Regulars: We might have a new, younger Bond – but it’s still the same M and Q. In the pre-titles sequence, the former has a wood-panelled office built into an aeroplane (and is then surprised when the papers on his desk go flying after the door has been opened). Q, meanwhile, gets to go out to Austria to help with Koskov’s ‘defection’ and also has a flash Whitehall workshop. One of the many gadgets in the lab is a boombox that fires rockets: “It’s something we’re making for the Americans,” he gleefully tells Bond. “It’s called a ghettoblaster!” Lois Maxwell has now retired from the role of Miss Moneypenny (she was 17 years older than Dalton, so the flirting would have been interesting). The part has been recast with Caroline Bliss. She’s rather nondescript in an underwritten role, and oddly doesn’t have any scenes at all with M (or indeed outside of Q’s lab). Sir Fredrick Gray appears again, as does Gogol very briefly. John Terry (24, Lost) is pretty wooden as a bland Felix Leiter: he and Bond have no chemistry at all.

Action: Bond and two other double-oh agents parachute onto Gibraltar in the opening sequence: it’s a training mission that goes very wrong. The action highlight is Bond (clearly actually Timothy Dalton) clinging onto the roof of a speeding jeep. Necros’s single-handed assault on MI6’s safe house is fantastic (he poses as a milkman to get past the security gate, then uses exploding milk bottles to cause havoc). There’s a good sequence featuring Bond’s gadget-heavy, winterised, B-reg Aston Martin V8 Vantage, followed by Bond and Kara sliding down a mountain while sitting in a cello case. Bond gets chased across Tangier rooftops, a scene which now feels very Bourne. There’s a quick fight with Soviet prison guards. The Mujahideen attacks an air base while Bond steals a cargo plane full of opium – Bond and Necros end up brawling while dangling out the back of the aircraft. Bond’s confrontation with Brad Whittaker at the climax is, remarkably, the only time the two characters meet.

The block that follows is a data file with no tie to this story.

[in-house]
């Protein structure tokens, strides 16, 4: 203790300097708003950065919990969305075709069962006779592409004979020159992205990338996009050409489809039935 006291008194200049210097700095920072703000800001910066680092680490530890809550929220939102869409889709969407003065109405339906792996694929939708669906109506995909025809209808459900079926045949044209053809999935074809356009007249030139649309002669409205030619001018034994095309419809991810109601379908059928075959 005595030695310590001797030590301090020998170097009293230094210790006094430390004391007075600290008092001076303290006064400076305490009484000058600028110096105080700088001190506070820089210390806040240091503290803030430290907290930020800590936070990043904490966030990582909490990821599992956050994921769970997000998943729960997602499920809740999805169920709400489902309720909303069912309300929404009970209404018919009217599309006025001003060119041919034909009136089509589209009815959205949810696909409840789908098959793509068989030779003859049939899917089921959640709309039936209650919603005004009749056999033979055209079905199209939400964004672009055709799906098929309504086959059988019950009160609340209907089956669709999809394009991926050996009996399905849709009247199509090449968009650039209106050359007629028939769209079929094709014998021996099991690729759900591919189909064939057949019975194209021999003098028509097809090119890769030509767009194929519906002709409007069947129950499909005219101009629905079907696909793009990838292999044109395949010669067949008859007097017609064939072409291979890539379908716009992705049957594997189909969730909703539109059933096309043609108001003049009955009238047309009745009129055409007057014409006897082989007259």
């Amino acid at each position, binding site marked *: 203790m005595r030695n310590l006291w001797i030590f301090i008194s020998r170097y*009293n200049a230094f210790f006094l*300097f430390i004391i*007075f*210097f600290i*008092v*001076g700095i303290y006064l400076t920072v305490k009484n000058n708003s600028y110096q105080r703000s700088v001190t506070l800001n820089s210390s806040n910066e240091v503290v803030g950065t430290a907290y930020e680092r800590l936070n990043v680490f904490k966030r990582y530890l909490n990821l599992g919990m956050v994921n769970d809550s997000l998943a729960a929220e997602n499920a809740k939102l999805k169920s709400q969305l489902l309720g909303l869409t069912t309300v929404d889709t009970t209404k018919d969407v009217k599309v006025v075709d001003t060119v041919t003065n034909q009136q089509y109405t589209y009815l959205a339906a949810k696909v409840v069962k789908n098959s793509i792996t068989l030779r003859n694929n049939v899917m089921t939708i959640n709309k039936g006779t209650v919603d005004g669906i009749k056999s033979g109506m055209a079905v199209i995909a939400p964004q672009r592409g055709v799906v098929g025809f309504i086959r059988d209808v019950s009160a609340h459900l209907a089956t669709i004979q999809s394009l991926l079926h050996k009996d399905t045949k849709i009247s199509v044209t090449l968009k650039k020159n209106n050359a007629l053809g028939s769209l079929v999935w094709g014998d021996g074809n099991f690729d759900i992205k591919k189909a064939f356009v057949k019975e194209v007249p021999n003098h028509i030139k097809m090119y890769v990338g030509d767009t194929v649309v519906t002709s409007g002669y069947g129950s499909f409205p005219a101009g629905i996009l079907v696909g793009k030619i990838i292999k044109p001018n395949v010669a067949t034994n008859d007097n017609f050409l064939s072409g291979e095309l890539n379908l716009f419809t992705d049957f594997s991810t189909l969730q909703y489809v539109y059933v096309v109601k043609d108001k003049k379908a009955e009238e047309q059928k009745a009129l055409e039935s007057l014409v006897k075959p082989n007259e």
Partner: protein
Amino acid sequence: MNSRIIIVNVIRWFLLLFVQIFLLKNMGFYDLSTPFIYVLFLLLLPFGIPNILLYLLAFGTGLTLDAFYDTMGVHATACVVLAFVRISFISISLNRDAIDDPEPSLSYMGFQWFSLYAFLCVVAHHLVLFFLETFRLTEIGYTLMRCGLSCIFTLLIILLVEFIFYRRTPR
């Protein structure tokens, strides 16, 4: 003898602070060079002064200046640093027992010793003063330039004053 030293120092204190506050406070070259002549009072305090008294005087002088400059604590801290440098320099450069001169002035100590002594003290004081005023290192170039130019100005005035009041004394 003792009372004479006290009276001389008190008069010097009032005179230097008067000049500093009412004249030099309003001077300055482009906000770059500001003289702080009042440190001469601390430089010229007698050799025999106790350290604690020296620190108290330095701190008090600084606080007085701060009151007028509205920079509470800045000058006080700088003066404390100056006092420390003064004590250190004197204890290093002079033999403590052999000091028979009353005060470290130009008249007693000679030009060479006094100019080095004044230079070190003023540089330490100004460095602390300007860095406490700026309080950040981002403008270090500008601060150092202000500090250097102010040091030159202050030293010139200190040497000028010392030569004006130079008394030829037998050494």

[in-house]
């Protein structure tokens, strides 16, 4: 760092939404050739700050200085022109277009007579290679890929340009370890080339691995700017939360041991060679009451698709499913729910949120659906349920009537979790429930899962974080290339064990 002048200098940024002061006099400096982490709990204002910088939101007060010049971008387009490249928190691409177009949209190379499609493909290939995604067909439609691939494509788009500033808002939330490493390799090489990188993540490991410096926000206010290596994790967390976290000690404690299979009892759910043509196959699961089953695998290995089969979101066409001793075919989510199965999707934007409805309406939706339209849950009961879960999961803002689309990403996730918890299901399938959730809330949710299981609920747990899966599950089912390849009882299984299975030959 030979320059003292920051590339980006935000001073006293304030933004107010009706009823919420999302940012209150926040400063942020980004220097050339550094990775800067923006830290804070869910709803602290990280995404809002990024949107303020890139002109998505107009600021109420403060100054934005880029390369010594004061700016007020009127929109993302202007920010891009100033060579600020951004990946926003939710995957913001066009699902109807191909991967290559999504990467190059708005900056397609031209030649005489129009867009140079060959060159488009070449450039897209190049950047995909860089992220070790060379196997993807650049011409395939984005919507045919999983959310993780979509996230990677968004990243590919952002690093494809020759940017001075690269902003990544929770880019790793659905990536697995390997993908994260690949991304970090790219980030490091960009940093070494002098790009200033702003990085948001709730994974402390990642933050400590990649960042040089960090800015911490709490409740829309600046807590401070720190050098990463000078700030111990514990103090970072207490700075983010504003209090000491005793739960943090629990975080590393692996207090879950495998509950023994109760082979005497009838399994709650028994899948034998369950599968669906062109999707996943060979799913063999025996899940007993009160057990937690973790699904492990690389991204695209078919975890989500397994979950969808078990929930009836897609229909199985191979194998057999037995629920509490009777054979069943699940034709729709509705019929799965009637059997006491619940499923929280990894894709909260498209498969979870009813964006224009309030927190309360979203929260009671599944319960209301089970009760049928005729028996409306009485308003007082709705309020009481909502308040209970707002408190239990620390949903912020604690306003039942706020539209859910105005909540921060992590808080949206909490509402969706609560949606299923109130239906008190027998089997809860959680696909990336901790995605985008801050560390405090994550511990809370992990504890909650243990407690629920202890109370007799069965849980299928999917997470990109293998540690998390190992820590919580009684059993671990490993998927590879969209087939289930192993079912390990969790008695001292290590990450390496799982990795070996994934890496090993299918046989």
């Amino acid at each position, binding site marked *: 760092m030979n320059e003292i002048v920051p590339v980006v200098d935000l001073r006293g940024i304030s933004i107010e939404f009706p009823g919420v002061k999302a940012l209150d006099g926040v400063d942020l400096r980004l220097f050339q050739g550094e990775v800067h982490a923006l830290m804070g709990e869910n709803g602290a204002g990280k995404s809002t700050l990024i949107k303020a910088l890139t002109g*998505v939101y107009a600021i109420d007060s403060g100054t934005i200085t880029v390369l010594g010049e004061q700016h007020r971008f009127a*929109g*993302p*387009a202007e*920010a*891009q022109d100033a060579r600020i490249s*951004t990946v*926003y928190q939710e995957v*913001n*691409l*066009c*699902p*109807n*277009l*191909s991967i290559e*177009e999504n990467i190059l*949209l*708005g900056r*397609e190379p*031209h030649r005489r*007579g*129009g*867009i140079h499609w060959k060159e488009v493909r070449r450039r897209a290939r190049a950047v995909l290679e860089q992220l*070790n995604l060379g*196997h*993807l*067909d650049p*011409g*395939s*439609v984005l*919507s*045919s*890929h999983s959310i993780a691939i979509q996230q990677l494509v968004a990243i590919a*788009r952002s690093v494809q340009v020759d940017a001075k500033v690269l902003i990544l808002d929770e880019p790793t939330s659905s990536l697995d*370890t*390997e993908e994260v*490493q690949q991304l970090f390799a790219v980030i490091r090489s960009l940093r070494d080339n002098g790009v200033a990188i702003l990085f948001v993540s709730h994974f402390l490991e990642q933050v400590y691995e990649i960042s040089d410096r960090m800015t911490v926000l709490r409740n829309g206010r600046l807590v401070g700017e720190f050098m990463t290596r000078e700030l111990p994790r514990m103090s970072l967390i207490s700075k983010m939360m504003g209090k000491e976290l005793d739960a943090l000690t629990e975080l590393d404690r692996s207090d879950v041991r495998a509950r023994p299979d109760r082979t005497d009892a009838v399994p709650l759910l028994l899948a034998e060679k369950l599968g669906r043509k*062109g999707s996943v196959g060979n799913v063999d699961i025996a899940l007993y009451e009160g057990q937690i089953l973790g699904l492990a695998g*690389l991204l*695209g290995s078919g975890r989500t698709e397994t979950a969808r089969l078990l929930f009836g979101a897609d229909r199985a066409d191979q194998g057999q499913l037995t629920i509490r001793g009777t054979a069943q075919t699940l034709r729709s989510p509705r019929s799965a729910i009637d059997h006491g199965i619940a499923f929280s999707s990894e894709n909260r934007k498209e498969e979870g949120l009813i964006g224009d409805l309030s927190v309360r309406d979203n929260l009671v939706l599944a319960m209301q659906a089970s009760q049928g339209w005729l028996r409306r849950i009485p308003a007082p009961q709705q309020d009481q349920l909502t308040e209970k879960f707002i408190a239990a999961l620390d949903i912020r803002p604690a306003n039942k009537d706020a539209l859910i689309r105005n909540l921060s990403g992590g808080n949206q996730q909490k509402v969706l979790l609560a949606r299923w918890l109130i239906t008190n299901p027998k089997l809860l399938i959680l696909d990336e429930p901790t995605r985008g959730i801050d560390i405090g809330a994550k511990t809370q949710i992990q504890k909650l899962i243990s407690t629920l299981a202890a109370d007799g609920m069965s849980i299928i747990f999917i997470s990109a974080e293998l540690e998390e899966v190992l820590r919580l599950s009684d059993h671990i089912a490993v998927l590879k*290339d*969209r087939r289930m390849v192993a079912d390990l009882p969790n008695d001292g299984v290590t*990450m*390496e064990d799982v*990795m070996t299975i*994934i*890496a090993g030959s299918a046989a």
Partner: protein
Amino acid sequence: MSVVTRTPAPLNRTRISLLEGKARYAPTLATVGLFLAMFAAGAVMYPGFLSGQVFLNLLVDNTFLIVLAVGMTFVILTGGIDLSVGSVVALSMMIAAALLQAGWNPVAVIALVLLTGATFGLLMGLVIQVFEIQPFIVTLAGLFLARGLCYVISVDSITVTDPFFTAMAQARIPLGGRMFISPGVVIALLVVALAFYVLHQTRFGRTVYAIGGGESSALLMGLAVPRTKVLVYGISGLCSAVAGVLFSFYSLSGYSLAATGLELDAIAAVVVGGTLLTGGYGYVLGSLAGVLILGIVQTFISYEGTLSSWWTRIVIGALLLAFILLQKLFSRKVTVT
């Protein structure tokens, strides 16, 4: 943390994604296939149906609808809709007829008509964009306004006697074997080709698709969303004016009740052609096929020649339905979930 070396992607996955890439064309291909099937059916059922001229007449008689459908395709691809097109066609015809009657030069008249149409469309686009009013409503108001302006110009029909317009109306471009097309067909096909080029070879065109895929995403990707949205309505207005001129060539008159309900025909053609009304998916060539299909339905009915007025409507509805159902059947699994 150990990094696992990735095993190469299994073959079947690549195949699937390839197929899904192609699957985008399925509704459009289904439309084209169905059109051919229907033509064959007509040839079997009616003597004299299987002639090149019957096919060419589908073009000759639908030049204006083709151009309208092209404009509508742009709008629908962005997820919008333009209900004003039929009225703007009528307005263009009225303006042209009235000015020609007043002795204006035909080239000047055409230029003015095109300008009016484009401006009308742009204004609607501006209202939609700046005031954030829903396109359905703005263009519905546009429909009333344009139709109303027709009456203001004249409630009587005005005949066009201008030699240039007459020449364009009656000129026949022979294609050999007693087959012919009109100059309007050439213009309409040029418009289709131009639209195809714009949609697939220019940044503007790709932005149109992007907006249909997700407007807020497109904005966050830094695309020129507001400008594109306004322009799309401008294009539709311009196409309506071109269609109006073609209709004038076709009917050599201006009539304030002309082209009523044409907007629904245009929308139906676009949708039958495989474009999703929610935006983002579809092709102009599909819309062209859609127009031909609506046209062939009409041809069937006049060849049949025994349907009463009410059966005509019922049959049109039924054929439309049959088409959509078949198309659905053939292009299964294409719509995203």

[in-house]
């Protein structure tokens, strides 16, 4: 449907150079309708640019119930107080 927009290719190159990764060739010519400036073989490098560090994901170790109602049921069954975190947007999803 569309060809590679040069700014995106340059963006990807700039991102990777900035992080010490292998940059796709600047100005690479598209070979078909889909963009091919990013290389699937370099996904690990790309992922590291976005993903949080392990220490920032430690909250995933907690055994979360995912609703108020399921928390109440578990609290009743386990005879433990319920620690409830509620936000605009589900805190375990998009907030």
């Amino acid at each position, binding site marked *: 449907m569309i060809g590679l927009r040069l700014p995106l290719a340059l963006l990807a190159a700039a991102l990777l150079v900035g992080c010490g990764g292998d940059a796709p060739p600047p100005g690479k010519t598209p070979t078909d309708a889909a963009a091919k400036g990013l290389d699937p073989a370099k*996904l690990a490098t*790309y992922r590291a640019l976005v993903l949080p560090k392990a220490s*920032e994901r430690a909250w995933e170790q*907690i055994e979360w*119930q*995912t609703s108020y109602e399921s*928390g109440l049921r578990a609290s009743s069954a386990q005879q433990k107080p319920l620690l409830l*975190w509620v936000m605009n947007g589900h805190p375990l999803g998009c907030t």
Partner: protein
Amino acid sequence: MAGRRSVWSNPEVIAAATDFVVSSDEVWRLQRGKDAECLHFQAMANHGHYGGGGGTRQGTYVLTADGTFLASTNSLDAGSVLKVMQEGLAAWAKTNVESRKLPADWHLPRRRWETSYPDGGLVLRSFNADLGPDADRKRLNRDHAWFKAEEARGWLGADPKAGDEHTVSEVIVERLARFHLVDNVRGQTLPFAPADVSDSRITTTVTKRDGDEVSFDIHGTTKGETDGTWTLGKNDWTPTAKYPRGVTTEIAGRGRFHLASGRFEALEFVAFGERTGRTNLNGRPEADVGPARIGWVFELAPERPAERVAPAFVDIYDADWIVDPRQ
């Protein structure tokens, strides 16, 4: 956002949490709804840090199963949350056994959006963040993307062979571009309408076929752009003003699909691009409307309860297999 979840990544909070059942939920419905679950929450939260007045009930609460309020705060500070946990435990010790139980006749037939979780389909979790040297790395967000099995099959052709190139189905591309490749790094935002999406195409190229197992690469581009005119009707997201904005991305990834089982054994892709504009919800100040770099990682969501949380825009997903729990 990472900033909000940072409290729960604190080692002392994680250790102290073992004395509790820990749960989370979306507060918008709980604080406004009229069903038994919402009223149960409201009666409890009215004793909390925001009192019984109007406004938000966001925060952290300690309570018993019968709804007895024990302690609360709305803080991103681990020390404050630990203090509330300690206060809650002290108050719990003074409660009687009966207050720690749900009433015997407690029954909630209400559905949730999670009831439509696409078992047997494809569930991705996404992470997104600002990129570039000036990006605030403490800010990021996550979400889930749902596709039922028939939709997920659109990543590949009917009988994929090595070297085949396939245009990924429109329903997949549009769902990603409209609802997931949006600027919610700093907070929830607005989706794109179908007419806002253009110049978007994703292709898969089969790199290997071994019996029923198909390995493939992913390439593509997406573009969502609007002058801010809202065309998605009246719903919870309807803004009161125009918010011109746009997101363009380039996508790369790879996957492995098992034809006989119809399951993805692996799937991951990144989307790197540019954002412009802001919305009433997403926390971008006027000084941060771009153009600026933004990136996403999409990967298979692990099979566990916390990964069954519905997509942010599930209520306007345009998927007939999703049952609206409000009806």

Comedy: The bickering between Bond and MI6 contact Saunders is really nicely played by Dalton and Thomas Wheatley, and because of that Saunders’s death has a real punch. There are numerous examples of laconic humour in the movie… “Why didn’t you learn the violin?” Bond snaps when he and Kara struggle with her cello case. “We have an old saying too, Georgi,” he says to the bad guy. “And you’re full of it.” Later, after breaking out of their cells, Kara exclaims, ‘We’re free!” – Bond looks at her wearily and says, “We’re inside a Russian air force base in the middle of Afghanistan.” One of the few old-style ‘gags’ in the film is a moment where a shower block gets knocked over, revealing two naked soldiers.

Music: The score is John Barry’s final work on the series – and is an absolute doozy. It has an underlying electronic feel at times, but is still very James Bond-ish. (Barry gets a nice cameo at the end of the movie, playing a conductor.) A-ha’s title song is one of the series’s best. There are also a couple of specially written songs from The Pretenders in the film (which are also often quoted in the incidental music).